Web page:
Preserving the Legacy
It's not every day you're invited by a Corvette legend (I'd known Zora Duntov since childhood), to come sit with him; then he hands you a pen and says, "Richard, start signing your autograph." From that moment in the summer of 1995, newspaper article below chronicles the event, I've been on a mission from Zora and Harley.
"The first time I met Zora was on a hot summer day in 1966. He was sitting on the back of his boat soaking up rays. We were at the Old Club on Harsens Island that's a 90 minute drive northeast of Detroit and on the other side of Lake Saint Claire that included a car carrying ferry ride to the island. My two sisters and I were walking around with our grandfather while he was looking at boats in the marina when he spotted a familar face and that's when we all went onboard and granddad introduced us kids to Zora and Elfi," says Richard.
Everyone wants to talk about Corvette's winning heritage, but few are as qualified as Richard Earl. Arriving at this place didn't happen easily, or overnight, and Rich is the first to admit, "After spending a good portion of my life learning about this iconic history, I'm much more humble, grateful and appreciative of what an honor it is to carry this fantastic legacy forward."
1951 Watkins Glen, NY -- The First Corvette Brainstorm Came
This newspaper article below chronicles Harley's very first Corvette brainstorm! After doing the scholarly research, Richard pitched the story idea to the Star-Gazette writer in Watkins Glen, NY (1998 was the 50th Anniv. of WG's race) and supplied the necessary facts, photos and content on Nick Fraboni's role as well as Harley's seminal quote at the article's end, "Watkins Glen, that's where I got the idea for the Corvette." WG Star-Gazette's Charlie Coon did a fantastic job sewing it all together!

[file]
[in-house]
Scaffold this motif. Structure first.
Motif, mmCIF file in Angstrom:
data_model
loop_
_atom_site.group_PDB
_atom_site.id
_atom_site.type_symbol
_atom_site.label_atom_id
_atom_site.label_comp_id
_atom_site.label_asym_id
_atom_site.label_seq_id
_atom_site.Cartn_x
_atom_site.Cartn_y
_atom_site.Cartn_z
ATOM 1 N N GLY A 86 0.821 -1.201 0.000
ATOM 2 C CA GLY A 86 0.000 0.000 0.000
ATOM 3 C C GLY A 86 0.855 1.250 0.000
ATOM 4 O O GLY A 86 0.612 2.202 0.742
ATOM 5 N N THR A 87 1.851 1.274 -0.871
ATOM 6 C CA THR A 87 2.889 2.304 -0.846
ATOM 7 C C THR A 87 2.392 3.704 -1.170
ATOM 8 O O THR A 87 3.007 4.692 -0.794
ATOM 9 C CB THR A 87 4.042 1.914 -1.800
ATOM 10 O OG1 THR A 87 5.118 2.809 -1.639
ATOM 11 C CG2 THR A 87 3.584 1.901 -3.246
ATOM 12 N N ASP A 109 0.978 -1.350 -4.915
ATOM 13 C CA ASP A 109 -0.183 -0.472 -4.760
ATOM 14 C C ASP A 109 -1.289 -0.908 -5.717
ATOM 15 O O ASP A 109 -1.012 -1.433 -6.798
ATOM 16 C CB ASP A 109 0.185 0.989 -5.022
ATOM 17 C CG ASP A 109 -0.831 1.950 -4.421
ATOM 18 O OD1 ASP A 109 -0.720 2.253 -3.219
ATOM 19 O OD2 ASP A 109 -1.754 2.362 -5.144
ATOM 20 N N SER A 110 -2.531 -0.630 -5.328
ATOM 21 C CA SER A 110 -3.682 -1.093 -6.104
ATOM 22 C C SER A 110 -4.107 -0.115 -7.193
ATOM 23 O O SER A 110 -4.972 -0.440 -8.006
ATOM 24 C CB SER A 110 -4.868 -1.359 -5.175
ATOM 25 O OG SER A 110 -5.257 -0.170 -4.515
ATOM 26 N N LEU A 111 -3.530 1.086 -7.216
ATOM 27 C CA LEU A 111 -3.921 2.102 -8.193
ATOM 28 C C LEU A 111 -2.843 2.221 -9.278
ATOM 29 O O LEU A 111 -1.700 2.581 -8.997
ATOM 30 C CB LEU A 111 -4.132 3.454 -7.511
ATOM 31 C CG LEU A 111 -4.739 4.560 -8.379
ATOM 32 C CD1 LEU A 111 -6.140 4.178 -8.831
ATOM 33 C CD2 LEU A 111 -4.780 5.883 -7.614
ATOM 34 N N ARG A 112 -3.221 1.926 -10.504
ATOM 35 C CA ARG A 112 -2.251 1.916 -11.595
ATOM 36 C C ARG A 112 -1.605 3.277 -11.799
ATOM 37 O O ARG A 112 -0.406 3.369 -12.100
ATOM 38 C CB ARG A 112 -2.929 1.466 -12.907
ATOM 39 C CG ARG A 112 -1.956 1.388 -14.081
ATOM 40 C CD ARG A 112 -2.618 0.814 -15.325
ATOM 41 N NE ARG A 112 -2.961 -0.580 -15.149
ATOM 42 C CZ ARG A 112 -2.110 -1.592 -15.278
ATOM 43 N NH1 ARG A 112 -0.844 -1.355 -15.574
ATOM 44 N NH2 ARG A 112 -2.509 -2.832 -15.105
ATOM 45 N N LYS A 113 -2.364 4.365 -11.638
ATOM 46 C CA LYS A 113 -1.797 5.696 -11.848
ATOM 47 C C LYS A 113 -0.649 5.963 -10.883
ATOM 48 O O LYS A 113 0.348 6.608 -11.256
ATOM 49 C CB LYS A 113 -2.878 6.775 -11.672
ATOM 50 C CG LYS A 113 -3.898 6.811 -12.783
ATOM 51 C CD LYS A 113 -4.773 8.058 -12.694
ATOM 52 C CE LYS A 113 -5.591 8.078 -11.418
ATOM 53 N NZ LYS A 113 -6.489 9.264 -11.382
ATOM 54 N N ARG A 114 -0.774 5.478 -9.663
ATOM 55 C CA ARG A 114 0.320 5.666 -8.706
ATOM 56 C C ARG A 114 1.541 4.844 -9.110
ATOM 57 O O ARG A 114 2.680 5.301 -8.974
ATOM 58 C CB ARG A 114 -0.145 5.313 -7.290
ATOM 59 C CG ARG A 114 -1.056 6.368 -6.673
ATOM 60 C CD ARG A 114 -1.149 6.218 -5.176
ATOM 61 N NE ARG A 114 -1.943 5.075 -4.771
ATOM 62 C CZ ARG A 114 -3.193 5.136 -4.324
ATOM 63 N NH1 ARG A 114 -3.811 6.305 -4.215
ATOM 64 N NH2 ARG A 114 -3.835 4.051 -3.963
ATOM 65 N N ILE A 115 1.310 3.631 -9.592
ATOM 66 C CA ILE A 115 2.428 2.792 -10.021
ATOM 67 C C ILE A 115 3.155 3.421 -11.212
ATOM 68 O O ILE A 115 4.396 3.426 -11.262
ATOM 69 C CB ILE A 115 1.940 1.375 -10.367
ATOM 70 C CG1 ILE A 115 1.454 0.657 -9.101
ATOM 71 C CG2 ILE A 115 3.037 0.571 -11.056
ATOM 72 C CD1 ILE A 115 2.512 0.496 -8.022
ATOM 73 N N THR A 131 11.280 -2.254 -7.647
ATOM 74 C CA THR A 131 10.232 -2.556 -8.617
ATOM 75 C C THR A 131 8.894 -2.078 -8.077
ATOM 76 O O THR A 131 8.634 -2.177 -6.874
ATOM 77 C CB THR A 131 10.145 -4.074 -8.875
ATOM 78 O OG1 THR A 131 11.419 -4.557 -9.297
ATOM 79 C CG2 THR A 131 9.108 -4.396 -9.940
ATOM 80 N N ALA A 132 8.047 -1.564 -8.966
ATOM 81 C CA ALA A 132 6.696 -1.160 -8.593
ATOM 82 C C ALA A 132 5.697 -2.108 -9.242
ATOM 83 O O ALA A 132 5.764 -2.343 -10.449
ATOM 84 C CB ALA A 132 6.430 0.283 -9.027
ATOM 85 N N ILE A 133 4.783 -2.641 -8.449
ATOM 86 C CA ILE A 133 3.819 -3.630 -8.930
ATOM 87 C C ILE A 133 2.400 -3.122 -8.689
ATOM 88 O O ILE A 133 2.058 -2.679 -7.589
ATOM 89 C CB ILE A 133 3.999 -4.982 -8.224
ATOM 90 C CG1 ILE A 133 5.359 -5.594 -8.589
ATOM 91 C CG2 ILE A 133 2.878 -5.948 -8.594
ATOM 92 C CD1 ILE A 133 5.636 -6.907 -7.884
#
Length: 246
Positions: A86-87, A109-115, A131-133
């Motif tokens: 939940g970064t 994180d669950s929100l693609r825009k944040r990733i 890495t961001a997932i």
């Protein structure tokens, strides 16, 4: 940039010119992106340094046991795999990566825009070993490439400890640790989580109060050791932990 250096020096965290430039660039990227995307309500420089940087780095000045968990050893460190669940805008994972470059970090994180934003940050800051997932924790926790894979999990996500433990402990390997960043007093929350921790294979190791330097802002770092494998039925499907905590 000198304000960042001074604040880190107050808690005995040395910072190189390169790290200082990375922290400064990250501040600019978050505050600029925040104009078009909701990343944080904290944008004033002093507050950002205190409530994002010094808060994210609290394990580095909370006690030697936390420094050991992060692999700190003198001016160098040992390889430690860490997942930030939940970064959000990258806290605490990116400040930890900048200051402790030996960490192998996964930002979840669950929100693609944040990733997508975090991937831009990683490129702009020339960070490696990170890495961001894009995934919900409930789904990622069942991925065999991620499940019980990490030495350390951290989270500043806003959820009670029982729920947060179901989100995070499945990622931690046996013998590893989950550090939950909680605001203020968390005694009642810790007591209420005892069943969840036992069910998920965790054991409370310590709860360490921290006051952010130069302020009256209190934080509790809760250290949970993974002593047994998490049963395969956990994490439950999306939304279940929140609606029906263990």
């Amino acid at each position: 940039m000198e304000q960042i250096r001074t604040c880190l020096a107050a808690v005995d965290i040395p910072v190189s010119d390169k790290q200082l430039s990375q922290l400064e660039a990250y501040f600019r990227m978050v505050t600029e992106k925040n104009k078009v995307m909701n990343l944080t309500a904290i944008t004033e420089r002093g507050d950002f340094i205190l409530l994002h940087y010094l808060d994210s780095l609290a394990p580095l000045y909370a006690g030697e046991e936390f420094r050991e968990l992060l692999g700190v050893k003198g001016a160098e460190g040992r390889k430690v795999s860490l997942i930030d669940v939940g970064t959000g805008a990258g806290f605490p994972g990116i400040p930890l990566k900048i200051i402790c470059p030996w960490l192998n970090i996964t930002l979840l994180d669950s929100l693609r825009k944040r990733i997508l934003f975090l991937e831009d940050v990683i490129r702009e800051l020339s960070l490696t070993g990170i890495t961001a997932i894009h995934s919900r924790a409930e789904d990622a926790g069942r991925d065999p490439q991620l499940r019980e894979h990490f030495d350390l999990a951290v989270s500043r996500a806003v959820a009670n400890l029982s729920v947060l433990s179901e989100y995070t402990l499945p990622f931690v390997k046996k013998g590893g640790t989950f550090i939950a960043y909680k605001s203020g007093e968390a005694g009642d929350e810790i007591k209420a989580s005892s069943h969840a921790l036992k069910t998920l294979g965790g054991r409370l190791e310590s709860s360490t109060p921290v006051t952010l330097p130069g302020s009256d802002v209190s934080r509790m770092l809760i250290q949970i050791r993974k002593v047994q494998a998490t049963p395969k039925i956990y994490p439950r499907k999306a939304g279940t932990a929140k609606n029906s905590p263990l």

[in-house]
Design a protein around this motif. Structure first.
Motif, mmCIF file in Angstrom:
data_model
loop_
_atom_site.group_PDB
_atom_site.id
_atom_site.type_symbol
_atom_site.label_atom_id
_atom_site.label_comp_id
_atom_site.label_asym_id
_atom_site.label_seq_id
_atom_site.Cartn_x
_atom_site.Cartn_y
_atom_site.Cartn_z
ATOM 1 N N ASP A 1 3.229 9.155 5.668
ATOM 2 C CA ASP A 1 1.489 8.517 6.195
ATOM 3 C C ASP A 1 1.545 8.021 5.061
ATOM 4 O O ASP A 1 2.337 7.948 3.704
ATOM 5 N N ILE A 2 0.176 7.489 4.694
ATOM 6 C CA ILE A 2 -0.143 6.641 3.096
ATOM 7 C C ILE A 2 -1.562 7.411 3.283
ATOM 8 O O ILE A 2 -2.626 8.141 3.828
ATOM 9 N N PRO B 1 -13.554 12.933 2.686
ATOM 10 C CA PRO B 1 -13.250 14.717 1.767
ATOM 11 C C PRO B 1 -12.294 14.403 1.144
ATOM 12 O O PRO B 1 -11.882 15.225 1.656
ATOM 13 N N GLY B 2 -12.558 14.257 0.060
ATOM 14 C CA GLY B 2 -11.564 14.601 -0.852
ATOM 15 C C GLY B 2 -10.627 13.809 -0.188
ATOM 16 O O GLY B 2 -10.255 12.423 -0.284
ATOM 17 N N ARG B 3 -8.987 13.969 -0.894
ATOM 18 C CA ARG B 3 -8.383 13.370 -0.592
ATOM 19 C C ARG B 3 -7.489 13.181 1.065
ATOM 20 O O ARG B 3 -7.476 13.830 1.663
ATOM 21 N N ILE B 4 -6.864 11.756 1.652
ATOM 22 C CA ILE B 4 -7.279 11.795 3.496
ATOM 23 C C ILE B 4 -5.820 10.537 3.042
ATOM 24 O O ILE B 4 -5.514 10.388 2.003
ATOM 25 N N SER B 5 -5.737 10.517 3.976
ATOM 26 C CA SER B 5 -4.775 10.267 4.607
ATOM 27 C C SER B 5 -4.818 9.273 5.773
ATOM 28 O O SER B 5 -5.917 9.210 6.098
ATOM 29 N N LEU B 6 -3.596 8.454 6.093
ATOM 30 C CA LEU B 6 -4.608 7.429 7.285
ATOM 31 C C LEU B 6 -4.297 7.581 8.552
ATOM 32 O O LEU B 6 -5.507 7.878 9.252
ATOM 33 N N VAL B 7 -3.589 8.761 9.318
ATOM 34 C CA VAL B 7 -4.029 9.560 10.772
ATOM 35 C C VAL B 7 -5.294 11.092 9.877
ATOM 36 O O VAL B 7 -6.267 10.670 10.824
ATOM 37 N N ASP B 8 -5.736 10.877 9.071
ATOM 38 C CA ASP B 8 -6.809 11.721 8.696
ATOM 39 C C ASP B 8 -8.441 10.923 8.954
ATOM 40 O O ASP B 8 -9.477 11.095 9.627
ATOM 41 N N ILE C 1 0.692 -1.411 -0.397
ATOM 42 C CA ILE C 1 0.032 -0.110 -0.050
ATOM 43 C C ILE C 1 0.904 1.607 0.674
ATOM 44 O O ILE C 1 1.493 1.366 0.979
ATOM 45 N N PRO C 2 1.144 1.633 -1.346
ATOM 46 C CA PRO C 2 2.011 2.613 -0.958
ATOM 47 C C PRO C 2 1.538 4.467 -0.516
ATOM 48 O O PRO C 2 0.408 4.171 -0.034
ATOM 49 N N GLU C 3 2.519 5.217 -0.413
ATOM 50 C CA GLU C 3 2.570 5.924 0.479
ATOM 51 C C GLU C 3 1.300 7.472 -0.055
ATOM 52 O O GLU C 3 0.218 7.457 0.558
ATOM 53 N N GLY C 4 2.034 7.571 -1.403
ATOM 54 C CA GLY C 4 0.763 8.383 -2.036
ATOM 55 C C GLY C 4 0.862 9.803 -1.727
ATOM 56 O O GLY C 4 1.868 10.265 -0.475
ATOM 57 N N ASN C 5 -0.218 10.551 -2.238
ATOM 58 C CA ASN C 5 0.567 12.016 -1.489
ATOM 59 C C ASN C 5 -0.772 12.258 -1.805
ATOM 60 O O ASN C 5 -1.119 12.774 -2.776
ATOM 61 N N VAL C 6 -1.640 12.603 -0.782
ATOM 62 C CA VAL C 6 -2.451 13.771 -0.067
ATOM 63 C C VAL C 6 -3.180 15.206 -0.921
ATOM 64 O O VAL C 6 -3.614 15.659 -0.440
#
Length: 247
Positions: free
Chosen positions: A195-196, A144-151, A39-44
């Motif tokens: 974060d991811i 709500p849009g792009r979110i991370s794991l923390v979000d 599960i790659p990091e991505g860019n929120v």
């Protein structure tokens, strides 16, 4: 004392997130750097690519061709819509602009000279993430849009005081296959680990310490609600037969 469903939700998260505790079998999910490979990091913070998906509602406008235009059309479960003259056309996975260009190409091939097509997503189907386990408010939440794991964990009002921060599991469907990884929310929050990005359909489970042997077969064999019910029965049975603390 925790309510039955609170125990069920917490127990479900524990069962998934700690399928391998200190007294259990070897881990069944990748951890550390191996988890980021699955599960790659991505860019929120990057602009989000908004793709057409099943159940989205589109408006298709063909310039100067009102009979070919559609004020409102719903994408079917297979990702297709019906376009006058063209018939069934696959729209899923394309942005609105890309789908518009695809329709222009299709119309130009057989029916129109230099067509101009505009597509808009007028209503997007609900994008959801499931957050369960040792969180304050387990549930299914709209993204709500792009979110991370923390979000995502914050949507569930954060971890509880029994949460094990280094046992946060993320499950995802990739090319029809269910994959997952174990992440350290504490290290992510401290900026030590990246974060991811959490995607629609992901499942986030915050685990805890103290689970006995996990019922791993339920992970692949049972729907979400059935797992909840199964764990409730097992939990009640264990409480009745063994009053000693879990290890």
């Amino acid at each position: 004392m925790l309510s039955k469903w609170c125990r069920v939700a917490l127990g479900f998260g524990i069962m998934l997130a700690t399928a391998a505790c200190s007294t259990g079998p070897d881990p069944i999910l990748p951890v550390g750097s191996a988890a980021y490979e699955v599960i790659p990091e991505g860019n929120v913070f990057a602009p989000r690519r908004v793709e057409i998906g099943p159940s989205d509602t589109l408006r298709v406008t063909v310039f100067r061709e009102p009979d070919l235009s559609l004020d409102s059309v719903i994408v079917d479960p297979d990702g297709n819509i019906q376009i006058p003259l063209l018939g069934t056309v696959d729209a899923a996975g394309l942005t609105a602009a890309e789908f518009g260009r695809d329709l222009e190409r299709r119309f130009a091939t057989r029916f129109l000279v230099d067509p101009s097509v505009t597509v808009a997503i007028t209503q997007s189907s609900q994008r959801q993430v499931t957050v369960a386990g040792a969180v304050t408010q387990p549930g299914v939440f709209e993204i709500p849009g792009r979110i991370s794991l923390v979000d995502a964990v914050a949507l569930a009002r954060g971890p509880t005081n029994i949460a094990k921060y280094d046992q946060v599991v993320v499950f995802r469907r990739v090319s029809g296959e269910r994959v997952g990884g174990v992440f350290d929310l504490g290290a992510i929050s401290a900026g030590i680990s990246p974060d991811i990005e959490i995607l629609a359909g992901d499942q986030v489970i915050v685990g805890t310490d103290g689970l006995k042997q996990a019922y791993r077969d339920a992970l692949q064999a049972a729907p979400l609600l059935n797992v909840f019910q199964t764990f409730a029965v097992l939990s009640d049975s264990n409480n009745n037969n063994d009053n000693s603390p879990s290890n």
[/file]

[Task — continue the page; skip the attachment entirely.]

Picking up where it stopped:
Oddly, in the decades leading up to this 1998 article, nobody else had ever before discovered this significant vein in Corvette history, or, simply encapsulated all the facts together for people to easily understand where HJE got the idea.
Lots of savvy people today, who know a thing or two about auto history, often don't know that besides being a talented artist, Harley Earl was one of GM's top dog engineers over the entire arc of his career. As a matter of fact his first job title coming into Cadillac at GM in 1925 was as a, "consulting engineer" and later on in a 1954 article Harley penned for the Saturday Evening Post titled, I DREAM AUTOMOBILES, he declared, "I attended Stanford University and studied engineering."
Click the link below to contact Richard Earl about visiting your auto club.